Helping you navigate complex divorce matters.
Going to court can be unnerving, but an experienced attorney can help you. A divorce attorney can prepare you for every step of the process before you even step foot into the courtroom. it is vital to know what to expect, including how to get to the courthouse, where to park and how to get through security. A family law attorney at Miller Law Group, P.C. will help you every step of the way so that you know what to expect in divorce court. Prepare yourself by visiting the court in advance of your hearing to see how people act and dress, as well as how the judge handles cases similar to yours.
What Happens on the Day You Go to Divorce Court?
There are several things that you will notice when you appear in court for the first time:
- Divorce and family law matters are open to the public except in extraordinary cases.
- Family law courtrooms are often filled with experts, attorneys, friends, and families from other cases.
- The judge’s bench is raised and in front of the courtroom.
- Microphones may be available for the use of the parties and their attorneys.
- Cases may be skipped or postponed if the parties or their attorneys miss roll call.
- Matters that have been resolved by agreement are usually called first; contentious cases tend to be called by the judge last.
- All parties take the oath to tell the truth.
How to Impress the Judge
When you go to court, it is important to make a strong first impression with the judge overseeing your divorce case and make sure to keep your expectations realistic.
- Do not expect your case to be the only one in court that day. Typically, there are 10 to 15 matters before the judge each morning. If it’s scheduled as a motion day, judges and marital masters often hear more than 50 cases in a day.
- Conduct yourself in court in a respectful, presentable way that makes a good impression with the judge. Make your best effort to:
- Be on time.
- Have a clean and neat appearance.
- Show a confident attitude.
- Use eye contact.
- Do not interrupt or overreact.
- Stand when the judge enters or leaves the room, refer to the judge as “your honor,” and only speak when it is your turn.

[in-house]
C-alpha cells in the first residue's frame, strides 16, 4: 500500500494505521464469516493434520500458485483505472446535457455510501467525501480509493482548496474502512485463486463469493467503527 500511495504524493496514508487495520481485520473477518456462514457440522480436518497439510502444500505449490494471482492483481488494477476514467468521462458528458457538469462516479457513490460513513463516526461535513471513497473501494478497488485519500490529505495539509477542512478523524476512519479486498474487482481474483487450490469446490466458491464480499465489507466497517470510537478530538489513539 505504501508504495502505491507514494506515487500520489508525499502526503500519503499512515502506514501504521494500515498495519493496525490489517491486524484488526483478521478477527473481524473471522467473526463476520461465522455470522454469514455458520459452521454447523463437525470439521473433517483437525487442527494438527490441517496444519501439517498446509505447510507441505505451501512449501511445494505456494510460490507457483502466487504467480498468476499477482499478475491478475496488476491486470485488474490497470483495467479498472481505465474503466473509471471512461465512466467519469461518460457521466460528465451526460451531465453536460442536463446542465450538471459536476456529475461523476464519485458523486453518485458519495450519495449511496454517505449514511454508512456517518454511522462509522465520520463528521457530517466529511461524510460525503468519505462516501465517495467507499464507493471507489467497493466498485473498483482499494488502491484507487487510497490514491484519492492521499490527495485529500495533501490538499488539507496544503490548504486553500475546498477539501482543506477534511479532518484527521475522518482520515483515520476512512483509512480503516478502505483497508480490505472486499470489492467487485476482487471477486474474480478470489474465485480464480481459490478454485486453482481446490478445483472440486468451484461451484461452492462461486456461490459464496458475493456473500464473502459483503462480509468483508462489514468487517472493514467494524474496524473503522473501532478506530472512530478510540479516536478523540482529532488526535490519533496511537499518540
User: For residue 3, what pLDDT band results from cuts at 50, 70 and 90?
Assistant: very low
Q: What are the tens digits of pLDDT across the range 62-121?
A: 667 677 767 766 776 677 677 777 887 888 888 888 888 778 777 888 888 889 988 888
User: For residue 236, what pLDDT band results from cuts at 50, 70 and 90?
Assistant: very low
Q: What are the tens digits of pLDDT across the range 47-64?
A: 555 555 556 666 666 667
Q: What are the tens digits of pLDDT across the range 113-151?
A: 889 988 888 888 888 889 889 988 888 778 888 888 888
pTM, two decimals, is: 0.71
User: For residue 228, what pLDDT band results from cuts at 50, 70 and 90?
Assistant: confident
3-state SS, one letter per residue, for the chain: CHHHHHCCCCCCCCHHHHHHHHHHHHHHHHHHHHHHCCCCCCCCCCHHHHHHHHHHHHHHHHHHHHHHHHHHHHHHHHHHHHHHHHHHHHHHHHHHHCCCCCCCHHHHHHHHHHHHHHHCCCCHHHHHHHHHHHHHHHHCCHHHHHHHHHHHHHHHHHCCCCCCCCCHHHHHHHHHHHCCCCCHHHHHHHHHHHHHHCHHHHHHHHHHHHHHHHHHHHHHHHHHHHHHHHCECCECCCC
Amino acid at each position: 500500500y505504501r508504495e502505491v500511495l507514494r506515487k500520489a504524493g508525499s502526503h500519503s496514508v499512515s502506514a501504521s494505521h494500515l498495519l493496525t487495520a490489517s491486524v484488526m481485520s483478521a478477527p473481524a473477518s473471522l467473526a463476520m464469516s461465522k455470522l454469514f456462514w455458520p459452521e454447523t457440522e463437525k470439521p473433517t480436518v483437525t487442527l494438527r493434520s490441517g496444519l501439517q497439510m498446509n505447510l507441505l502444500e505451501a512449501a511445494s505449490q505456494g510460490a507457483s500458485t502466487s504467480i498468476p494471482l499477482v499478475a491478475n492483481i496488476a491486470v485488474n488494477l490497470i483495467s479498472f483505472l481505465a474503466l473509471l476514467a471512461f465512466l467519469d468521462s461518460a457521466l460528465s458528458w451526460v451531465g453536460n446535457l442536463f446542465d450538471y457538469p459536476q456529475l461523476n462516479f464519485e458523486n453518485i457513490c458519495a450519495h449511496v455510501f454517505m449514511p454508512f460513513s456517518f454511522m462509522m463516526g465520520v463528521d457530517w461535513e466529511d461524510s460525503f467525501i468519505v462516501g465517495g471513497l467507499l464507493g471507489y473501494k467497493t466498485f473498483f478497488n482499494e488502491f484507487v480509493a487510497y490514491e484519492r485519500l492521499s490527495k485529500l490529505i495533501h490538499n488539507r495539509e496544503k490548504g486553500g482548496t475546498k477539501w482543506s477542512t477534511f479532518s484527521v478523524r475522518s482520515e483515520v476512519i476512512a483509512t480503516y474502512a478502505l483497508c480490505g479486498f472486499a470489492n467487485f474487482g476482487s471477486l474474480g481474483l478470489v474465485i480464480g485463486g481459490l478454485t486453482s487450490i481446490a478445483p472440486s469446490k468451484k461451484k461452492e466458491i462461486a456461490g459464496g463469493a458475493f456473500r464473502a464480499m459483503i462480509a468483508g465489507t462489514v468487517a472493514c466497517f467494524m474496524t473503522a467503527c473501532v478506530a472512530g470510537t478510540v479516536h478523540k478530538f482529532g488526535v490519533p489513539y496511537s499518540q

- When your case is called, you will move to the front of the courtroom. (Don’t forget to bring a notebook with you to court.)
- Once the judge has heard all he or she needs to hear from you, the court will make a decision and order for the divorce.
Be Prepared When You Enter Divorce Court
It is vital for you to be prepared when you enter the courtroom. You should know what you want the court to do, why you are asking for it, or why you are asking the judge to make rulings. The courts in Massachusetts are overburdened. Since judges lack the resources to manage their calendars and caseloads, it is essential to use your time in court as efficiently as possible.
Some Arguments Will Never Get You Anywhere
Arguments that your spouse—or the judge—is being unfair will not only not get you anywhere.
- Do not expect to get a chance to tell your entire story to the judge. In the family courts, there are strict rules of how evidence is presented, so you won’t be able to just tell your story the way you want to.
- The judge only hears issues that are scheduled before the court on that day. If there is another issue, it won’t likely be heard.
You Have Questions. We Have Answers.
The first step for most people who are thinking about divorce or formulating their divorce strategy is to get answers to any questions they may have. We invite you to start finding answers by reading about the Massachusetts Divorce Courts. You can also begin by calling one of our Massachusetts divorce attorneys. Call (508) 502-7002 or contact us online for a free consultation.
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